Contentment & Goals: To be contented does not mean we don’t have goals in life, it just means we are at peace with the resources we have and the person we are while we are working for those (hopefully, God-given) goals. Paul explained his philosophy more fully to Timothy: “But godliness with contentment is great gain. For we brought nothing into the world, and we can take nothing out of it. But if we have food and clothing, we will be content with that. People who want to get rich fall into temptation and a trap and into many foolish and harmful desires that plunge men into ruin and destruction. For the love of money is a root of all kinds of evil. Some people, eager for money, have wandered from the faith and pierced themselves with many griefs.” (1 Tim 6:6-10)  Things to note: first, we bring nothing into the world and we take nothing out of it. If you aim to fill the space in between with getting more and more you are, second, in danger of losing perspective as we saw above, and also falling into wrong ways to get more.

God, our Resource: But verse 5 doesn’t end there, for he adds a reminder from the Pentateuch: because God has said, “Never will I leave you; never will I forsake you.” (Deut. 31:6) Why does he say that? Because often behind all of our striving to get more, is the fear of shortage and not having enough to cope – and remember that in the Sermon on the Mount (Mt 6) Jesus spoke to that, Father will provide for His children. I have testified elsewhere in these studies, that three times in my life I have given up a decent salary to move into the next phase of life that He was leading us into, and although I took a third drop in salary each time, our standard of living and quality of life went up, and although in the early days we sometimes wondered how we would get by, the Lord always blessed us and we did, and so we have never been in need.  Thus he concludes this section, “So we say with confidence, “The Lord is my helper; I will not be afraid. What can man do to me?” (v.6 citing Psa 118:6,7)

When the world is striving their hearts out to attain an impossible goal of peace without God, may we know the wonder of contentment as we rest in His loving guidance, direction and provision.  Amen? Amen!

17. Peace and Contentment

Short Meditations on Peace 17. Peace & Contentment

1 Tim 6:6     there is great gain in godliness with contentment

Two meditations back we considered the absence of peace that comes from worries over major world issues, and then in the previous one, worries that come over trials and difficulties, personal hassles, but between the two there is a whole major area of absence of peace which is caused by the world’s discontent.

Prosperity, modern economics says, comes from buying and consuming things, and as such it encourages us to want more and more and more, but the only trouble about that it that such a philosophy leaves us never satisfied and so we are all discontented and lack peace.

Paul’s teaching to Timothy was in the context of wrong teaching. That teaching was in a spiritual context and the teaching we are talking about comes out of an economic context but it has a spiritual dimension to it. The world’s economic teaching comes in a godless context, it comes from man’s wisdom and forgets God.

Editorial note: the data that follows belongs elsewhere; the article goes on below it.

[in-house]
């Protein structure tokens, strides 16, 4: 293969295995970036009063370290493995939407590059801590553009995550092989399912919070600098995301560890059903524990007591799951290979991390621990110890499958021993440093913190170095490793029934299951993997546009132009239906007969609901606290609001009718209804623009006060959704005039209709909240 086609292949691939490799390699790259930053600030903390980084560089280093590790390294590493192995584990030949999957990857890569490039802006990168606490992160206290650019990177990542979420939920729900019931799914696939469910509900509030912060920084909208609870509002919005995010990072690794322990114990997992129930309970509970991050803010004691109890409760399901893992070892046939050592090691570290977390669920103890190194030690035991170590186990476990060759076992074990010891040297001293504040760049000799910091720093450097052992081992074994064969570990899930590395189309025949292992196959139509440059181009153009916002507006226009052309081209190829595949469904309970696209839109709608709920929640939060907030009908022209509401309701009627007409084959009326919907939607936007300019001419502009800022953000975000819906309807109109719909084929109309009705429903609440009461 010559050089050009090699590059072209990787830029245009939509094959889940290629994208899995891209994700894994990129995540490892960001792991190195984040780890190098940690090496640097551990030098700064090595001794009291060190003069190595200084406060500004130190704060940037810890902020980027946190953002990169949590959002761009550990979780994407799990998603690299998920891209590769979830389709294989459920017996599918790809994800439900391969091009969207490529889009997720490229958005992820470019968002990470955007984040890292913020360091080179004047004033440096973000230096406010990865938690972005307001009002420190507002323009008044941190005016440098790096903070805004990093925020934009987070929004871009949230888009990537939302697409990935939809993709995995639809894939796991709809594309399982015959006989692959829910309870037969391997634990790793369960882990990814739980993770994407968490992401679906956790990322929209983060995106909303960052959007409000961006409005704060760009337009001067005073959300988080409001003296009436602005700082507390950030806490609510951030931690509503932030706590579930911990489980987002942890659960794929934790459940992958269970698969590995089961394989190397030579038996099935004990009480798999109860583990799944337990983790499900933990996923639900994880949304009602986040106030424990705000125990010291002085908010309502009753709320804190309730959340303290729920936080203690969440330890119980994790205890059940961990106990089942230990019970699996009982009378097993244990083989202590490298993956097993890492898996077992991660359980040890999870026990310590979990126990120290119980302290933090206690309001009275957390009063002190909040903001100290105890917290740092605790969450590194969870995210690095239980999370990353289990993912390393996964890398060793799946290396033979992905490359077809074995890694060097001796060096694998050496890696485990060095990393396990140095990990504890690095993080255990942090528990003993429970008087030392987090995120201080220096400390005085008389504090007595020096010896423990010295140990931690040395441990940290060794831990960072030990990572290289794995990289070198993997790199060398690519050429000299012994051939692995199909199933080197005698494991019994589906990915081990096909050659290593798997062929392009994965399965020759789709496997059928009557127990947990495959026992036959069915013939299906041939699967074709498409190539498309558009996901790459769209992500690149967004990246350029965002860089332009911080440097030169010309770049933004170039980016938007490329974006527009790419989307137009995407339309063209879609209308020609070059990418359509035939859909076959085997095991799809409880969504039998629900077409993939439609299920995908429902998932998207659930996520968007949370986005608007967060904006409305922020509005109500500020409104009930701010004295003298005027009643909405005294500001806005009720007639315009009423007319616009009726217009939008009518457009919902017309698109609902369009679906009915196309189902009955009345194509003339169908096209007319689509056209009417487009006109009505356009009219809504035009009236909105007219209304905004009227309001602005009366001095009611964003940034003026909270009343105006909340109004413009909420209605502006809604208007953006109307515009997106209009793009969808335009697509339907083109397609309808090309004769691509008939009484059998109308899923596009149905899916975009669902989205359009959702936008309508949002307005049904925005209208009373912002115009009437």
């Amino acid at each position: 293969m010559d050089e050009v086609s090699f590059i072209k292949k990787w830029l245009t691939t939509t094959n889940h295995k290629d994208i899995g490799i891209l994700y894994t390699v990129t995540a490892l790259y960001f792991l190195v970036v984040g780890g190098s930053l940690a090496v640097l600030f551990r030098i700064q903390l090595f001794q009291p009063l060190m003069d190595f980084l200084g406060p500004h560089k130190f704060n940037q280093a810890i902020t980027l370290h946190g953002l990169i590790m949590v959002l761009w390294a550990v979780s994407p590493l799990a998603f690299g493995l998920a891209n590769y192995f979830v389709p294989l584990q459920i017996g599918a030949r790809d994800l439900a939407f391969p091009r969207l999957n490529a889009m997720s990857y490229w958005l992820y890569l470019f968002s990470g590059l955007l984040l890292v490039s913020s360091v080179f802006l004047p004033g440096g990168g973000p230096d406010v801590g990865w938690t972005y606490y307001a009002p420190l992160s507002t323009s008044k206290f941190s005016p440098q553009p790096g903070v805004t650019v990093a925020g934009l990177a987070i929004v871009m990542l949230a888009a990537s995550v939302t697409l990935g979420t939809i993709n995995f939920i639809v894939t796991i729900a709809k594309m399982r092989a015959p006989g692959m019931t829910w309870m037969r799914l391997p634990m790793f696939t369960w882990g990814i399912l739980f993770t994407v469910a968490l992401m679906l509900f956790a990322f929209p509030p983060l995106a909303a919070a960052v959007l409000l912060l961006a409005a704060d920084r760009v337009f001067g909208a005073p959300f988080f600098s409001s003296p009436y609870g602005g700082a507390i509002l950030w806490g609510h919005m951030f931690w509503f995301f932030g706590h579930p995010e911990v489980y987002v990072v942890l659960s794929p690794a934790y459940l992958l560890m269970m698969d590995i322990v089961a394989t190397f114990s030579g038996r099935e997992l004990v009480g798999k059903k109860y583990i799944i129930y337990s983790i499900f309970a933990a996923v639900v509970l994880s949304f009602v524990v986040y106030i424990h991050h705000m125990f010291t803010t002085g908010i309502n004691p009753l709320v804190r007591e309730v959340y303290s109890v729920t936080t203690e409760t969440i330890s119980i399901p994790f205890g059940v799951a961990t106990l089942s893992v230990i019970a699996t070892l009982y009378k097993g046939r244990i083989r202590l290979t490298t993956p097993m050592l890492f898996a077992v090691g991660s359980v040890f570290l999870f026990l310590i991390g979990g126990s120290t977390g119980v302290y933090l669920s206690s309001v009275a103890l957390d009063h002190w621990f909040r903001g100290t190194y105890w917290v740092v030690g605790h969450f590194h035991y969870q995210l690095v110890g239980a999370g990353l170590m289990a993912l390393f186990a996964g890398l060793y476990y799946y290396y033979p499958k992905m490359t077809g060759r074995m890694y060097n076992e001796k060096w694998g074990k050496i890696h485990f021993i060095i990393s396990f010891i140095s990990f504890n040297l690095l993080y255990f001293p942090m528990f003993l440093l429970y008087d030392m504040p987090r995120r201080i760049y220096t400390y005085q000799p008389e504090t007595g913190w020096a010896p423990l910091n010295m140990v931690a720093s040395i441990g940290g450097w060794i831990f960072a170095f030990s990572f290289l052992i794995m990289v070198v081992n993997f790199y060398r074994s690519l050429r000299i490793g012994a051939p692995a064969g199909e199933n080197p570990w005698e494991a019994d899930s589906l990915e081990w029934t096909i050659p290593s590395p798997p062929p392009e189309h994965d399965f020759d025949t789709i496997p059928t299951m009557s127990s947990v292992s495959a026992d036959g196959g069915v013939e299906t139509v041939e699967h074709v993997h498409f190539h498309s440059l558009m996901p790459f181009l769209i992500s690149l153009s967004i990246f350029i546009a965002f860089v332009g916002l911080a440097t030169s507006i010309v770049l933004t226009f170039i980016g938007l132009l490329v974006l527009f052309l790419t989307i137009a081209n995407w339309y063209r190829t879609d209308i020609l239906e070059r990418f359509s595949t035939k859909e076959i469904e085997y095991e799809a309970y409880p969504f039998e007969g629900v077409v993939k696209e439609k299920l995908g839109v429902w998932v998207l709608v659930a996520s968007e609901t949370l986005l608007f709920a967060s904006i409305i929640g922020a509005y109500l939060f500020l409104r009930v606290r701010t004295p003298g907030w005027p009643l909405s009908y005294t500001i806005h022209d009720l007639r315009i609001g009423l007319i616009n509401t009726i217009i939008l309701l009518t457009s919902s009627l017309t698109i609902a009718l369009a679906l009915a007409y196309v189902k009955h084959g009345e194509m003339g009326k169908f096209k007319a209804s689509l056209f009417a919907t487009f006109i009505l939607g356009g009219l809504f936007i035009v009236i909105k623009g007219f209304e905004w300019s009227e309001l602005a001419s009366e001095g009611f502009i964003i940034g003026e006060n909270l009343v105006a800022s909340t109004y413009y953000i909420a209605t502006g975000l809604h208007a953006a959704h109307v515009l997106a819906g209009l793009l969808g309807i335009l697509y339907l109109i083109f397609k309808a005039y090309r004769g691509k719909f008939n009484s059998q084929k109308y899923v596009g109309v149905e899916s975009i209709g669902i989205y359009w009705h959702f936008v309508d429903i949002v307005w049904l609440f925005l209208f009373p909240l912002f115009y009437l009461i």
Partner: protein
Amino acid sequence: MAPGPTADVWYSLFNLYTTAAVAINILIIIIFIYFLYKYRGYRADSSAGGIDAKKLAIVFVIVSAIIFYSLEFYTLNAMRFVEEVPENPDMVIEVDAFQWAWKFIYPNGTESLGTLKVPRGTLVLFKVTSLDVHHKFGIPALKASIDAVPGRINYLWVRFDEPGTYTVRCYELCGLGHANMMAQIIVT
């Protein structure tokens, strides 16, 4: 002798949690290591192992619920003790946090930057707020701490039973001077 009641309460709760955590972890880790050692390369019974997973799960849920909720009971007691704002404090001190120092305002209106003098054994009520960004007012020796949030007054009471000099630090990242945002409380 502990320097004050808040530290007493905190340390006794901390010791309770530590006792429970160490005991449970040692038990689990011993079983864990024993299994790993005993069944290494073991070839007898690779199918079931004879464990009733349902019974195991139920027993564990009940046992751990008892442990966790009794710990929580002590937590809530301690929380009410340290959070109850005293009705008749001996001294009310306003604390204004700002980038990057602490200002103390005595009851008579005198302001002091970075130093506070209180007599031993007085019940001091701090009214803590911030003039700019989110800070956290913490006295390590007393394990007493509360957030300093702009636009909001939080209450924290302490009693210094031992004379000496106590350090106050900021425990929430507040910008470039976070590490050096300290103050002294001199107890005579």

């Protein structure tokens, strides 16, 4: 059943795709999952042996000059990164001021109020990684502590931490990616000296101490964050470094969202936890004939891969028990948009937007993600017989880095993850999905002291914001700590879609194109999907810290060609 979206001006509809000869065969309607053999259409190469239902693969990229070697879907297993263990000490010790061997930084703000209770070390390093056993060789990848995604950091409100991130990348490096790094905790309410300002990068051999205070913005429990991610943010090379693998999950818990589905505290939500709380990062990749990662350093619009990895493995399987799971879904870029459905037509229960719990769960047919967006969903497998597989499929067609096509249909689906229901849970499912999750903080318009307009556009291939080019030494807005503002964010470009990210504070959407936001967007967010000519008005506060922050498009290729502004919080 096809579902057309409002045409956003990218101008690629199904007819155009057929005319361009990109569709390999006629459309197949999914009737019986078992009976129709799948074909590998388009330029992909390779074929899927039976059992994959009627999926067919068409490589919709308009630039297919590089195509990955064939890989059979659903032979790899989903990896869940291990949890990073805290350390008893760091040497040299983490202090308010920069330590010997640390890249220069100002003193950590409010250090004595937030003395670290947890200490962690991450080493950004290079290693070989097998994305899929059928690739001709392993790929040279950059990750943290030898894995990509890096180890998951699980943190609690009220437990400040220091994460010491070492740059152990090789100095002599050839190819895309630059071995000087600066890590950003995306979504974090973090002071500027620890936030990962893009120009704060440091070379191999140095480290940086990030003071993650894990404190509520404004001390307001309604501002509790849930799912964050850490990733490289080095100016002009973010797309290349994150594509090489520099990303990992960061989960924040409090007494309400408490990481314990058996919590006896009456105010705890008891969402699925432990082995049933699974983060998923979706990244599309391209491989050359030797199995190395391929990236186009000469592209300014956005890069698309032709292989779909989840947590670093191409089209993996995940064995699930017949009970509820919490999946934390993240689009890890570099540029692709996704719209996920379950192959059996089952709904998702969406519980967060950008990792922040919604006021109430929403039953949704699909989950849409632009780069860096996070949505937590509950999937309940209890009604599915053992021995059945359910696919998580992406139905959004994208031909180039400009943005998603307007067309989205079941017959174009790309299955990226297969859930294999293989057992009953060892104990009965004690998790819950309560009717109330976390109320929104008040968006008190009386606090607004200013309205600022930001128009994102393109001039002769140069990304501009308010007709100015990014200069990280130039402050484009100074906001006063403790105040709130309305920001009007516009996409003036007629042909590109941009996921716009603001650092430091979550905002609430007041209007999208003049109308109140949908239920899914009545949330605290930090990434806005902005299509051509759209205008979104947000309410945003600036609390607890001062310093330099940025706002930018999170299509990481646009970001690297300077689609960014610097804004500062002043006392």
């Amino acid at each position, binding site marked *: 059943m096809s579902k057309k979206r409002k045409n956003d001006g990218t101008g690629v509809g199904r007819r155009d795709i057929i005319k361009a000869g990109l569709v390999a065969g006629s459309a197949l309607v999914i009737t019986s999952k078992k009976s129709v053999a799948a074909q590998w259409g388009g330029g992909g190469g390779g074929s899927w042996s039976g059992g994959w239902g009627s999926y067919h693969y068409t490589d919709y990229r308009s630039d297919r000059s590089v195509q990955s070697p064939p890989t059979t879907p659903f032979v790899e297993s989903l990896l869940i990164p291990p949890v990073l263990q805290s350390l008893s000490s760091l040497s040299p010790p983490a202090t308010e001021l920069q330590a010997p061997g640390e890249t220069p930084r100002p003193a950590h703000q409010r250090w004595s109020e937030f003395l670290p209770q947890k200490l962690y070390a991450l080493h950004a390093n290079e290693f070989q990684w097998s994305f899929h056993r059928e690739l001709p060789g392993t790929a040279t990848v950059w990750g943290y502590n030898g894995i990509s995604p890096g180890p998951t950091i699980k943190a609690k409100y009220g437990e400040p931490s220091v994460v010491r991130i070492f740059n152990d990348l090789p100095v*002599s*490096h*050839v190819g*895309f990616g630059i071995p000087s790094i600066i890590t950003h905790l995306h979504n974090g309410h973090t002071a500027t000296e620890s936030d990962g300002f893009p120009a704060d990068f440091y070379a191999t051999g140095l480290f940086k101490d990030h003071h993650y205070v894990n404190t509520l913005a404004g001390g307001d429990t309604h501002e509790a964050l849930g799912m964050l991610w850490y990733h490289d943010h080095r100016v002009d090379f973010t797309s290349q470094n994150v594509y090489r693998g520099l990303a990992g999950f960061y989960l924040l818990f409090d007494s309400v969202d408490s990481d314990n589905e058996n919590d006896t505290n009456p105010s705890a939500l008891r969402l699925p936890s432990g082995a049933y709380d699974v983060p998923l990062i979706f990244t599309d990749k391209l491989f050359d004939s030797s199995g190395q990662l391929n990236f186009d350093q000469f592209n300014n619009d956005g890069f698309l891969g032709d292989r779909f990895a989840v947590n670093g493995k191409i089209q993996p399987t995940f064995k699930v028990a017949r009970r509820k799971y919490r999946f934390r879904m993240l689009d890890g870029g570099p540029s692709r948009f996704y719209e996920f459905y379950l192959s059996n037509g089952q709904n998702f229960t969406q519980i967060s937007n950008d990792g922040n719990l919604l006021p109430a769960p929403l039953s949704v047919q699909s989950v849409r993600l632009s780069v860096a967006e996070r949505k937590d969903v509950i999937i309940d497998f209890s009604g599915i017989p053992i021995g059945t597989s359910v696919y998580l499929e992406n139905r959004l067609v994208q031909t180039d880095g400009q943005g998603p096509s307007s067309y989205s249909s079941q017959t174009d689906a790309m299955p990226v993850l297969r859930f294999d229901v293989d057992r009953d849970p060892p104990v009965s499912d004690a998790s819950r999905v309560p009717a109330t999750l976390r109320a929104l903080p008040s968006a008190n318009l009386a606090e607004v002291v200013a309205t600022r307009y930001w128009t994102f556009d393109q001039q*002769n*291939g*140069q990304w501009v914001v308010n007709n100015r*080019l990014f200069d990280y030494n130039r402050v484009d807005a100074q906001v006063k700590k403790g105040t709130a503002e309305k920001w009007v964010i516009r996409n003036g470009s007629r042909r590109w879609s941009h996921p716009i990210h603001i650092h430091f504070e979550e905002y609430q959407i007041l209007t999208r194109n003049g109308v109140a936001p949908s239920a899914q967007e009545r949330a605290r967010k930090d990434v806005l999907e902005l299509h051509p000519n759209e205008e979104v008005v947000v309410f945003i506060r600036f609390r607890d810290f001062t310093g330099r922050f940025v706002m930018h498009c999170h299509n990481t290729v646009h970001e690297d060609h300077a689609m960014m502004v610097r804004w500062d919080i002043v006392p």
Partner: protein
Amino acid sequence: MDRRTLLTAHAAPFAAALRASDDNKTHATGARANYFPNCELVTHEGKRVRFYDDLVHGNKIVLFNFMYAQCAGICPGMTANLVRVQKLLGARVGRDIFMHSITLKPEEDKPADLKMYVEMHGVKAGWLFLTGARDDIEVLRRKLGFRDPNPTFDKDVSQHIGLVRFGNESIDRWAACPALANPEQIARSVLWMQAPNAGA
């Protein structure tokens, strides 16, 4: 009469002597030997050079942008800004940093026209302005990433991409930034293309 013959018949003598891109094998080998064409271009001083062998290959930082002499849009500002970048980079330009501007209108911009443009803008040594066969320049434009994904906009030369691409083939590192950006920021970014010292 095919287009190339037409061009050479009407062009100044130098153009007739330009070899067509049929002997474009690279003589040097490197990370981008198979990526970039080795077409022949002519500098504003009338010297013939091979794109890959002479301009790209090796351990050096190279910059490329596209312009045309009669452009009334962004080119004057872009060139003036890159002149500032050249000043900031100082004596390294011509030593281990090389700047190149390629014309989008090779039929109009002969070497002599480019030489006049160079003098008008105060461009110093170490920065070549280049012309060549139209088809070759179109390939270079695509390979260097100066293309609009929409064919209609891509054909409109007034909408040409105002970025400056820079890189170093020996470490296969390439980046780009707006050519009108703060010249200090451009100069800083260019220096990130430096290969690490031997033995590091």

Very often it is the godless context that causes people to strive for more and more. Not knowing they are loved by God, not having any relationship with Him, they strive to achieve purpose and meaning, identity and fame. I watch people do this all the time. It doesn’t necessarily have to be people striving to earn more or even get more possessions to achieve self-worth, it is often people striving to achieve things in society. Local councillors, for example, in local government, may be there because they want to make a name for themselves. Some may genuinely be there to do good for the community, but even that goal can have an underlying motive to get a name. All of these sorts of things mean we are worried about who we are, worried about what we have, and so we are discontented and lack peace.

There is a significant verse I often quote and quoted in the previous meditation that applies: ““For we are his workmanship, created in Christ Jesus for good works, which God prepared beforehand, that we should walk in them.” (Eph 2:10) When we come into relationship with the Lord Jesus Christ, the whole of our live can be viewed from a new perspective – that of being a child of a loving heavenly Father who has got plans and purposes for us to bless us. The focus of life stops being on striving to achieve, but learning to listen to Him to see what HE has on His heart for us.  With this approach we can rest in Him, be content with what I am and have TODAY, realising He may have more for us tomorrow, but as we are open to Him, He will lead us into it, and in that perspective we can be at peace. We trust all of these 17 reflections will help you to live in peace.  May it be so.

39. Guidance for the Rich

Meditations in 1 Timothy: 39:  Guidance for the Rich

1 Tim 6:17   Command those who are rich in this present world not to be arrogant nor to put their hope in wealth, which is so uncertain, but to put their hope in God, who richly provides us with everything for our enjoyment.